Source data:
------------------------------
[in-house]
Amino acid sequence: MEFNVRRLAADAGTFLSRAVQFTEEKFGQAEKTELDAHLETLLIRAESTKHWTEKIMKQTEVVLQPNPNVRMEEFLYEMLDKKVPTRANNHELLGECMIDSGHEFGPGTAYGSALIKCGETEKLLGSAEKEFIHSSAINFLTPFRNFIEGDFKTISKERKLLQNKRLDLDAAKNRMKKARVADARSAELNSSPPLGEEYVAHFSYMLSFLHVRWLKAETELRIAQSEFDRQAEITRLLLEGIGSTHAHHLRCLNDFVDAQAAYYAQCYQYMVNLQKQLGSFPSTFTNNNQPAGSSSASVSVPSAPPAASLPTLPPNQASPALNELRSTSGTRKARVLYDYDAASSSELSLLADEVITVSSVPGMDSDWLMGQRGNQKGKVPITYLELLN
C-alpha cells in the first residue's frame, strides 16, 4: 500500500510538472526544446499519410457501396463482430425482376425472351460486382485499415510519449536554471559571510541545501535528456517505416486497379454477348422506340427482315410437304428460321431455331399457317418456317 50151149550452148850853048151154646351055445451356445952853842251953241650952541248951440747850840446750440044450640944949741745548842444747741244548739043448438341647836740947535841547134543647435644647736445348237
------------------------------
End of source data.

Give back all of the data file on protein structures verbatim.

[in-house]
Amino acid sequence: MEFNVRRLAADAGTFLSRAVQFTEEKFGQAEKTELDAHLETLLIRAESTKHWTEKIMKQTEVVLQPNPNVRMEEFLYEMLDKKVPTRANNHELLGECMIDSGHEFGPGTAYGSALIKCGETEKLLGSAEKEFIHSSAINFLTPFRNFIEGDFKTISKERKLLQNKRLDLDAAKNRMKKARVADARSAELNSSPPLGEEYVAHFSYMLSFLHVRWLKAETELRIAQSEFDRQAEITRLLLEGIGSTHAHHLRCLNDFVDAQAAYYAQCYQYMVNLQKQLGSFPSTFTNNNQPAGSSSASVSVPSAPPAASLPTLPPNQASPALNELRSTSGTRKARVLYDYDAASSSELSLLADEVITVSSVPGMDSDWLMGQRGNQKGKVPITYLELLN
C-alpha cells in the first residue's frame, strides 16, 4: 500500500510538472526544446499519410457501396463482430425482376425472351460486382485499415510519449536554471559571510541545501535528456517505416486497379454477348422506340427482315410437304428460321431455331399457317418456317 50151149550452148850853048151154646351055445451356445952853842251953241650952541248951440747850840446750440044450640944949741745548842444747741244548739043448438341647836740947535841547134543647435644647736445348237